• 1. Nitrogen Oxide/VOCs/Carbon monoxide/Particulates
    • 2. Sunlight
    • 3. Poor atmospheric mixing
  34. Good ozone
    In the stratosphere, ozone shields us from the Sun's deadly ultraviolet radiation
  35. Bad Ozone
    • In the troposphere
    • -Impairs lung capacity and reduces agricultural productivity
  36. Relevant pollutants for which there are no existing regulations
    • 1. Ultrafine particles
    • 2. Black Carbon
  37. Where Particles deposit depends on their size
    • Ultrafine: along sensory neurons to circulatory system
    • Fine: penetrate into Alveoli, body cannot remove them
    • Coarse: deposit in upper airways, removed by cilia, but cause asthma
  38. Santa Monica: Summer is Cleaner; Why?
    Summer is cleaner because there is less traffic during the pre-sunrise period
  39. Ozone in the______causes warming
  40. Largest use of CFCs
    • 1. Aerosol cans
    • 2. Refrigeration/air conditioning
    • 3. Semiconductor manuafacturing
    • 4. Foam manufacturing
  41. CFC's absorb at wavelengths
    below 240nm
  42. Destruction of CFCs
    only in stratosphere
  43. 1 Dobson Unit
    0.01 millimeters
  44. Stratospheric ozone most at
    • Mid Latitudes: 350 DU
    • Equator: 250 DU
  45. What can destroy Stratospheric Ozone?
    • 1. Chlorine
    • 2. Bromine
    • 3. Nitrogen Oxides
  46. How much Ozone gets destroyed?
  47. Ozone Destruction at the Poles
    1.Mid Latitudes
    • -5% destruction
    • -warm
    • -sunny
  48. Ozone Destruction at the Poles
    2. Polar regions
    • – Massive O3 hole duringspring time
    • – Very dark
    • – Very cold
    • – PSCs form
    • – Chemical reactions
    • - Free chlorine----massive O3destruction
  49. California Renewables Portfolio Standard (RPS)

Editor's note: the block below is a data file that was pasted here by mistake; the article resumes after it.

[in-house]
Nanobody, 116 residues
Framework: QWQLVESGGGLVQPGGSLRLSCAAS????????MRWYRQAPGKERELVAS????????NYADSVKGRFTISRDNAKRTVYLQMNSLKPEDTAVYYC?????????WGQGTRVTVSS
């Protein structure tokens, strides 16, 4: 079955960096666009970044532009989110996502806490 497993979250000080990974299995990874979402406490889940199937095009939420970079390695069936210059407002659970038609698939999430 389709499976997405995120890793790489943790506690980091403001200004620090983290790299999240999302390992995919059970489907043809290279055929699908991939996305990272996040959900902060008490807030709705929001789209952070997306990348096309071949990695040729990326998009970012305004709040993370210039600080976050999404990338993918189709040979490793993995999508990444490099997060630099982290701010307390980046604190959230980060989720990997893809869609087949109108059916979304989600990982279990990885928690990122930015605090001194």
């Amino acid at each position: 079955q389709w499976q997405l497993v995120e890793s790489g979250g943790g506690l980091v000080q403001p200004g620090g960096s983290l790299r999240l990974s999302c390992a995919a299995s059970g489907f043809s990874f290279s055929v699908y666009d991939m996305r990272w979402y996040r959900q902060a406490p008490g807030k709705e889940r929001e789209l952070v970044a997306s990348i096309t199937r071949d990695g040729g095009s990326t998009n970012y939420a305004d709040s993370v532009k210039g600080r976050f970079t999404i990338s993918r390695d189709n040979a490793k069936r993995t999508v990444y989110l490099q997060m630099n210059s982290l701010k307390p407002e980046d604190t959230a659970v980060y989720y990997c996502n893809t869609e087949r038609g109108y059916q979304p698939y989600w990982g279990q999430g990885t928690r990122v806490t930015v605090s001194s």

Policy requiring 20% ofelectricity generation tobe renewables by 2010,and may be increased to33% by 2017.
  50. California's current renewbale energy percentage
  51. Photovoltaic energy conversion efficiency
  52. Top 3 Countries with installed Solar Photovoltaics
    • 1. Germany 47%
    • 2. Spain 16%
    • 3. Japan 13%
  53. Convential grid
    generation sources respond on-demand to user needs
  54. Smart grid
    respond to many conditions in supply and demand in aintelligent way
  55. Hydrogen is a _____ fuel
    • synthetic (gas/liquid)
    • -requires energy to make it
    • -not an energy source
  56. electrolysis
    Using electricity to separate hydrogen(H2) from water (H2O).
  57. Oxidation reactors
    Burning natural gas in low levels of oxygen to produce CO/CO2 and H2.
  58. What is conservation biology
    • The study of:
    • • biodiversity
    • • threatened and endangered species
    • • ecological and evolutionary processesthat underlie preservation
  59. Instrumental
    if it is good because it provides the means for acquiring something else of value.

    Ex. Having a net worth of a million dollars is an instrumental value. Having those assets is good only to the extent that you can use them to get something else--like happiness.
  60. Intrinsic
    • if it is good ``in and of itself,'' i.e., not merely as a means for acquiring something
    • else.
    • Ex. Happiness might be an example of an intrinsic value, because beinghappy is good just because it's good to be happy, not because being happy leads to anything else.
    • Biodiversity
  61. Factors that affect climate
    • 1. intensity of sunlight
    • 2. albedo: shortwave(solar radiation)
    • 3. Greenhouse effect: Longwave(thermal radiation)
  62. the most important greenhouse gas
    water vapor
  63. climate changes naturally because
    • 1. variation in sunlight
    • 2. Changes in geology and biology
    • 3. Shifts in ocean and atmospheric circulation
  64. Most dangerous wavelength
  65. Chapman cycle
    Ozone forms naturally in the stratosphere
  66. most imprtant to destroy ozone
    nitrogen oxide
  67. Phreatic eruption
    sea water seep down into the rock, come close to hot magma, turn into steam, and blow up the volcano
  68. Permafrost
    permanently frozen zone, soil doesnt completely thaw
Card Set
ENV 10